Travel agency groups have called on the chancellor to “go further” than his update to the Job Support Scheme to support agents “with noting to sell and bills to pay”.
Rishi Sunak made the announcement earlier today alongside specific help for hospitality and leisure businesses.
When the JSS replaces furlough from November 1, employers will now have to pay for a minimum of 20% of usual hours worked, and 5% of hours not worked instead of a minimum requirement of paying 55% of wages for a third of hours, announced last month.
Agency groups and trade associations welcomed the update but said the chancellor must do more to help the specific case of the travel industry.
Julia Lo Bue-Said, chief executive of the Advantage Travel Partnership, whose members collectively sell £4.5 billion in travel a year, said members “will benefit, particularly from the step to reduce the employer contribution for unworked hours to 5%”.
But she said the consortium was “seeking clarity” on whether the monthly cash grants allocated for businesses in hospitality, accommodation and leisure are also applicable to the travel industry, adding that it “has been adversely affected since the onset of the pandemic by quarantine regulations and a stonewalling by government on testing at airports to reduce quarantine”.
Lo Bue-Said said: “50% of jobs from our members have been lost since March and 80% will run out of cash by May.
“Travel agents are on their knees with nothing to sell and bills to pay. Whilst these new measures are indeed welcome, the chancellor needs to go further to help our sector survive if we are to continue trading next year.”
She suggested: “An extension of the provision of government underwritten loans to businesses of all sizes and an HMRC holiday for six months could mean the make or break for many travel agents up and down the country.”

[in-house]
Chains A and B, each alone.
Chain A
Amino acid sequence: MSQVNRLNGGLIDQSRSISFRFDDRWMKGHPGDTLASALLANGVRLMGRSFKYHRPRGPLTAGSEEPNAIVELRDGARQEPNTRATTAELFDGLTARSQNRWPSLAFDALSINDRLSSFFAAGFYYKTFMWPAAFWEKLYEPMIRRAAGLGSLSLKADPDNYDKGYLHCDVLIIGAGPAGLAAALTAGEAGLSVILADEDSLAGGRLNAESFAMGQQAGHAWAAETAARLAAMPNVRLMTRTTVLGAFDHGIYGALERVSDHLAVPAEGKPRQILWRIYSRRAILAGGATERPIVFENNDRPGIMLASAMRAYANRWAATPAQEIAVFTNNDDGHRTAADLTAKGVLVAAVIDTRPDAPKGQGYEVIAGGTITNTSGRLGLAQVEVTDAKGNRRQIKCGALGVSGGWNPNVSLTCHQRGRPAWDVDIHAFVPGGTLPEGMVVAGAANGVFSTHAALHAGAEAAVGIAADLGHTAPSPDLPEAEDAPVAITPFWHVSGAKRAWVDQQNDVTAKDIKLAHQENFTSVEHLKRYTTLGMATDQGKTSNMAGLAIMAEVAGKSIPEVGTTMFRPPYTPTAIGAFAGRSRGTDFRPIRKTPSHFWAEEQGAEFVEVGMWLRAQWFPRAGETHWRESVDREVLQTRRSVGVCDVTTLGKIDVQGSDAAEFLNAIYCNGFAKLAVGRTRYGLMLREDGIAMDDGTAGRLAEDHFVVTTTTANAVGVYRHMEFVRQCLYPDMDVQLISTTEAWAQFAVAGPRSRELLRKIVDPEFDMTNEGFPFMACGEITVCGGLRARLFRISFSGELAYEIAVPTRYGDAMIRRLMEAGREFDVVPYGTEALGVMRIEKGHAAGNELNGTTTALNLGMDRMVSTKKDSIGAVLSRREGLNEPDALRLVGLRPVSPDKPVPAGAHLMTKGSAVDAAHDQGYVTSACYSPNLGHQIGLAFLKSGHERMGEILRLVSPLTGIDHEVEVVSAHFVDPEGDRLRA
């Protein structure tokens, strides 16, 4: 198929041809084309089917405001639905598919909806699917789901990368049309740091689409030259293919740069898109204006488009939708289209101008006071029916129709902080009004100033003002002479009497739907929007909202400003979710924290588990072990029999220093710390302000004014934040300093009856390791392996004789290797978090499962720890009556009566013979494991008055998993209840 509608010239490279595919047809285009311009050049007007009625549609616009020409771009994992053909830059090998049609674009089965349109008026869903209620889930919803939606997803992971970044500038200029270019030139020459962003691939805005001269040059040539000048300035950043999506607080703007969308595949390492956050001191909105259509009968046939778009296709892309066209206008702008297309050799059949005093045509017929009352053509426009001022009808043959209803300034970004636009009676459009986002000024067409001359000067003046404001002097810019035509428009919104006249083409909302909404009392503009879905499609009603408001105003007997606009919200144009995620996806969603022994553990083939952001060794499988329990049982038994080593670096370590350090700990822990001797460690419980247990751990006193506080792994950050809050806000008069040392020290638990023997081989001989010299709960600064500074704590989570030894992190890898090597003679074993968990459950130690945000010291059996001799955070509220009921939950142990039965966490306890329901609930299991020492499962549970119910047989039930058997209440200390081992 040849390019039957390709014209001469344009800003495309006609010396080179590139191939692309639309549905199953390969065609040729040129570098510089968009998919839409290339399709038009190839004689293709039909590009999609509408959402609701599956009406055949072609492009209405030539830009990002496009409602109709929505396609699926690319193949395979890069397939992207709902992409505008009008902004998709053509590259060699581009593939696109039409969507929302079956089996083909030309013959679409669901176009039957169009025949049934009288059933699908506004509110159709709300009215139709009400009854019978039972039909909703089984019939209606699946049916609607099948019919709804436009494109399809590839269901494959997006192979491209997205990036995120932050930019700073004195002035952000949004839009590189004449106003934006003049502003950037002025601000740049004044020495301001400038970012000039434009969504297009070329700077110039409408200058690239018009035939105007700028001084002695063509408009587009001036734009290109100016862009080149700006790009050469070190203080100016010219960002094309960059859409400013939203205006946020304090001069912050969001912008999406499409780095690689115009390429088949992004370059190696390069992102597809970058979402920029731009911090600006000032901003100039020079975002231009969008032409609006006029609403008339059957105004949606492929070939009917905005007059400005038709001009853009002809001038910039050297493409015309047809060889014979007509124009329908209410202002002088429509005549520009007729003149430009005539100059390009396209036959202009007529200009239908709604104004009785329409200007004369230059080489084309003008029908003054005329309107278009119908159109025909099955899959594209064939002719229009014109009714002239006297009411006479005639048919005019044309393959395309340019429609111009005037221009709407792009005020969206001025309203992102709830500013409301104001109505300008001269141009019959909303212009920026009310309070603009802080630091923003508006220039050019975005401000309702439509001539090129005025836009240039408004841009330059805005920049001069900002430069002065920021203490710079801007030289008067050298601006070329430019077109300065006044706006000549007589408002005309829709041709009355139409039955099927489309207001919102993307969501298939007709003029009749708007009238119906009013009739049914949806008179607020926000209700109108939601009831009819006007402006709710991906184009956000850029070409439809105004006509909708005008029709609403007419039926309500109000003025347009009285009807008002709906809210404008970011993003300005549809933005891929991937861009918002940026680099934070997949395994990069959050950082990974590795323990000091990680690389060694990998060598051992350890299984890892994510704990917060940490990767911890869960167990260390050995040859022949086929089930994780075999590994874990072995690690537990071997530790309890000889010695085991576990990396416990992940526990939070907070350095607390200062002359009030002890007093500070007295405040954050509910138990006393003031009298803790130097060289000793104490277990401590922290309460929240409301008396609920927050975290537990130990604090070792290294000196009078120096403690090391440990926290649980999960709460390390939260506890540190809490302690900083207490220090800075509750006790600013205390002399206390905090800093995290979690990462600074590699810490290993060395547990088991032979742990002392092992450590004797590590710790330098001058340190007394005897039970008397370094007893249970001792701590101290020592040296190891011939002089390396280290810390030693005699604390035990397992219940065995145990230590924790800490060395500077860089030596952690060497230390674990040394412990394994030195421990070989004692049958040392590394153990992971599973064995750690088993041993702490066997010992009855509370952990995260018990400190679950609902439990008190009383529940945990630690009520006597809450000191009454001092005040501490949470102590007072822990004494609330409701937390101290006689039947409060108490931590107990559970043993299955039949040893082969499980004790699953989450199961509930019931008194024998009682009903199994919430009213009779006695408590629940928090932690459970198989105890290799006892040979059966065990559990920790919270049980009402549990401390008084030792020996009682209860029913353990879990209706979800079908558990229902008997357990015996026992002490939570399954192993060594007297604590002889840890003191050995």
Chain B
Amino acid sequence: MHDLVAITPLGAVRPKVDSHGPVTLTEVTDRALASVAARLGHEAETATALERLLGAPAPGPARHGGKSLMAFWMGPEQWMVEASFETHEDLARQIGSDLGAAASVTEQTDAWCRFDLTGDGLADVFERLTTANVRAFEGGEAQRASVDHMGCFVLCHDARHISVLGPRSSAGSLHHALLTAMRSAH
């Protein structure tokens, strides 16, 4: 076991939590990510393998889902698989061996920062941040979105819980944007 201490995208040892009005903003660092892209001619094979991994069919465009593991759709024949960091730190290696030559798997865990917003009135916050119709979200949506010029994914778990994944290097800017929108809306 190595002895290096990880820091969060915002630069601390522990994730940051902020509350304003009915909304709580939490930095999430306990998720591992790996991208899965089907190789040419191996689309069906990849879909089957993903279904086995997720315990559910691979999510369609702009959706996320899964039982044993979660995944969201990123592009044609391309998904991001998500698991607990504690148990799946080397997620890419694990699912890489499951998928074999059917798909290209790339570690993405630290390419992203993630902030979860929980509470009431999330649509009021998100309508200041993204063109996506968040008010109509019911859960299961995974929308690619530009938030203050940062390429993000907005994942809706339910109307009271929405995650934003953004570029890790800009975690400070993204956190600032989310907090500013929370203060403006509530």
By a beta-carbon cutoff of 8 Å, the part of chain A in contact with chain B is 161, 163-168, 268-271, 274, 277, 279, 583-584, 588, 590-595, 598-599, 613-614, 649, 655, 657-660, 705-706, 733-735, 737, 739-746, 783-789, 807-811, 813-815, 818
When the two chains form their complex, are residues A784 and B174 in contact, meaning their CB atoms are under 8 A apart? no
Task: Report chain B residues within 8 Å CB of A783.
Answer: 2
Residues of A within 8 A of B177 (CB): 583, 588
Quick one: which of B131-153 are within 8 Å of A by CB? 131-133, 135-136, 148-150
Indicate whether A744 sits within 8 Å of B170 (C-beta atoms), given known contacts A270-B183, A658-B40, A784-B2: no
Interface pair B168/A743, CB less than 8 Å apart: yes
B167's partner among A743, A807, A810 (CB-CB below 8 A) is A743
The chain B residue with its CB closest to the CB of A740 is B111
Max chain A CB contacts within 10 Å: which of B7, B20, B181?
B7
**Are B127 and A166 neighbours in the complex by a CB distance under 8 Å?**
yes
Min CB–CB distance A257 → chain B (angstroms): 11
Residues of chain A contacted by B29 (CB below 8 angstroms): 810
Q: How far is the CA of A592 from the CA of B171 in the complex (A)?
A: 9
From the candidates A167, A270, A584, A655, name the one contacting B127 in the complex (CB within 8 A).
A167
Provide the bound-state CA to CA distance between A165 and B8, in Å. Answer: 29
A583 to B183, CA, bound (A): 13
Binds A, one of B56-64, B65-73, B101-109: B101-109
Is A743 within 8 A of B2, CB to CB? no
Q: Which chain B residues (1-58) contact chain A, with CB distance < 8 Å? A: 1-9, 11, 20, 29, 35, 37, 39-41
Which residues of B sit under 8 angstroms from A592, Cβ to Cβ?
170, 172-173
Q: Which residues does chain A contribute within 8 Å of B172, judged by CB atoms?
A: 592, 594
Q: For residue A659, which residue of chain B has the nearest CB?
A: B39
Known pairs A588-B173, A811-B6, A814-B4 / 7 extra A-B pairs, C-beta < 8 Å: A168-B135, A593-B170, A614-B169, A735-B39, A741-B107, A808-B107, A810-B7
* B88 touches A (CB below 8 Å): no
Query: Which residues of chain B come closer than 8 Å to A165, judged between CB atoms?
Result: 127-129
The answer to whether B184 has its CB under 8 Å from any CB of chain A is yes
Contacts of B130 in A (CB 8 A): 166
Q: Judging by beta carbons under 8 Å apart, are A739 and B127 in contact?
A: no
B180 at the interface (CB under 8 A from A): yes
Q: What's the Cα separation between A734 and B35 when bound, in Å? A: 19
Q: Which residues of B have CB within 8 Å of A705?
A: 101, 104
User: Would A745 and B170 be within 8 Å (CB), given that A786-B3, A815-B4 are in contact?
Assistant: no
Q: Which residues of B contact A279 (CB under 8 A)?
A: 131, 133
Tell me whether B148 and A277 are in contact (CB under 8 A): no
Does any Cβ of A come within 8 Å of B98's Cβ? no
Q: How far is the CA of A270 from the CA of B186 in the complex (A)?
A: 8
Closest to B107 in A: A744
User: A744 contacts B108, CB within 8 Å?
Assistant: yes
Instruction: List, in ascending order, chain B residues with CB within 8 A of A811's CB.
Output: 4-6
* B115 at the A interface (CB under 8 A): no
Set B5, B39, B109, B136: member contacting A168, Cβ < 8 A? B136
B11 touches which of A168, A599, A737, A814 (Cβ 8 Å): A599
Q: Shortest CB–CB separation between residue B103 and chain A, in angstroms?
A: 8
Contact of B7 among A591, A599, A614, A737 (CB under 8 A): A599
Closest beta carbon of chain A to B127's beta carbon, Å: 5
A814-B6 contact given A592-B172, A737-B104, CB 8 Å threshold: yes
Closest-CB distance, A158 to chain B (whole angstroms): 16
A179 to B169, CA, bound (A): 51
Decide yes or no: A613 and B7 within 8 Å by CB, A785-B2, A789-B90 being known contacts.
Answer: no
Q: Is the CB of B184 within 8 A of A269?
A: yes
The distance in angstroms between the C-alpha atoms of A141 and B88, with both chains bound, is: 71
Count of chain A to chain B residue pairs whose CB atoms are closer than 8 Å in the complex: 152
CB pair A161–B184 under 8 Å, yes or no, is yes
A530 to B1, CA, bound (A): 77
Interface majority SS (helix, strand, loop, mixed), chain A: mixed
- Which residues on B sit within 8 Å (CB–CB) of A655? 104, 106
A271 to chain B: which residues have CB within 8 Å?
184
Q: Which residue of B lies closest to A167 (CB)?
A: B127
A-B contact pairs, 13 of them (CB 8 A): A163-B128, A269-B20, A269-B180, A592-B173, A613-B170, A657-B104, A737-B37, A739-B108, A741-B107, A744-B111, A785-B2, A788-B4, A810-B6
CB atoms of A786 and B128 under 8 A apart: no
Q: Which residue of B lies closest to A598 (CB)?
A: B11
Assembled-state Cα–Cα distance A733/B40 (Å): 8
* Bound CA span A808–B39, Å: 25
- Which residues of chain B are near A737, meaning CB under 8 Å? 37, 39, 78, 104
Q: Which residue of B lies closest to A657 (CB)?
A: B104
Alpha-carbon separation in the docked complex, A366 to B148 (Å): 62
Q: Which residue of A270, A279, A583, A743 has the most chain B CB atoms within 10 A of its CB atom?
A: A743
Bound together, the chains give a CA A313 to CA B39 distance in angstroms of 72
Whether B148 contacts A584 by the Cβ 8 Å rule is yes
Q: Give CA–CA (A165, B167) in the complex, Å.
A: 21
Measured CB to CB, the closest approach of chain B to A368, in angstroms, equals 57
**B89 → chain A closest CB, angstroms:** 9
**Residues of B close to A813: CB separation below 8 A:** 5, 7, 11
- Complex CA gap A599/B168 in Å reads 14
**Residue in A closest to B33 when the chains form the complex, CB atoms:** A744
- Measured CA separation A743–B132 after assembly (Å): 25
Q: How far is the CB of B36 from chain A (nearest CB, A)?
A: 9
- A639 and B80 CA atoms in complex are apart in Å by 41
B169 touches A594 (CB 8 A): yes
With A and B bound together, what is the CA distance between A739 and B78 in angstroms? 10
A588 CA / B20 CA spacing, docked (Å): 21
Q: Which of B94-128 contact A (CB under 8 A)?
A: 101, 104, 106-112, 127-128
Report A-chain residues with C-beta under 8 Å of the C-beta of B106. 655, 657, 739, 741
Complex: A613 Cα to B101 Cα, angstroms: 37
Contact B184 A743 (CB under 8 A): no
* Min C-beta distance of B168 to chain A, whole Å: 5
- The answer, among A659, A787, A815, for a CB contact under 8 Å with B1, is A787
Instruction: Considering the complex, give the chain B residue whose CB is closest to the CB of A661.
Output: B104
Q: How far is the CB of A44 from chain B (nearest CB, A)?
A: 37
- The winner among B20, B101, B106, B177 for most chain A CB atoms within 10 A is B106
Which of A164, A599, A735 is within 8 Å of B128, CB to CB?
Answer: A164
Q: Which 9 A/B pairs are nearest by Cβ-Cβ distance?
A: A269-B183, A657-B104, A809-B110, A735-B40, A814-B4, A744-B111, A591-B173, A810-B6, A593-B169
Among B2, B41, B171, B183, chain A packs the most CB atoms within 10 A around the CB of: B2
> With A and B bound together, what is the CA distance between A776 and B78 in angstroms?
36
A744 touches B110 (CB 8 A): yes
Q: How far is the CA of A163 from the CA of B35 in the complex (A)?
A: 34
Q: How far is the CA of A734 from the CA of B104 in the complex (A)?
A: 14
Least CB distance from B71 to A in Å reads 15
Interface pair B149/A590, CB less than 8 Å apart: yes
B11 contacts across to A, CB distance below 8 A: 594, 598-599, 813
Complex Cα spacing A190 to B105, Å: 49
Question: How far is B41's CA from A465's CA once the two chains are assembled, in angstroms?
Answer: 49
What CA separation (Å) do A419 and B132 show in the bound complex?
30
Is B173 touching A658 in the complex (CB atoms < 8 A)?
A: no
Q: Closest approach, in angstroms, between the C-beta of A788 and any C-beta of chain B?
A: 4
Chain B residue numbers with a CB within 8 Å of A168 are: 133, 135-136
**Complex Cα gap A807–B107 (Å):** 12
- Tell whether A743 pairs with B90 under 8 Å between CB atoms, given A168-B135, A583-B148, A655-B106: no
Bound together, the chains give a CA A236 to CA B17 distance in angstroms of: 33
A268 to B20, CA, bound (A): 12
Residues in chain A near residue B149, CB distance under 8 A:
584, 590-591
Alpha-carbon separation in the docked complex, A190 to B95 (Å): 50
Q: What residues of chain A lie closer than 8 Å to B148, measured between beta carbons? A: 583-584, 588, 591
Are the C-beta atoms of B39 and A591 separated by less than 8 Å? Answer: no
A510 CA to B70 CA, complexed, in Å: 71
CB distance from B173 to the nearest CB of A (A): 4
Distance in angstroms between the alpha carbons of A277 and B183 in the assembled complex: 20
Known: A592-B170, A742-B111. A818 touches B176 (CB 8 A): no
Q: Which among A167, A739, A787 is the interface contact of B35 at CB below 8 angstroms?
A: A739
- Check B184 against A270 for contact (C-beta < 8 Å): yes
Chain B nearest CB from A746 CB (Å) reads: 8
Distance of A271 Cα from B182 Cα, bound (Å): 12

Writing in his blog today, Abta chief executive Mark Tanzer said: “While we need to take a closer look at the details, it does appear that Job Support Scheme for ‘open’ businesses, in particular, has been enhanced, with the minimum employer contribution falling from 55% to 24%, which is only 4% higher than the current tapered furlough scheme.
“Nonetheless, that remains a significant drop in terms of the support offered by the original [furlough] scheme introduced in March, and I recognise that, even at that level, many travel businesses are facing difficult decisions in the coming weeks with trading conditions difficult and deteriorating.
“What is more, travel companies that are not open remain excluded at present from the Job Support Scheme for closed businesses, as the government does not consider this to be the result of legal restriction. We will continue to fight hard to change that assessment.
“Abta will continue to make the case for tailored financial support, with the measures taken by government to control the virus directly responsible for the difficulties facing our industry.”
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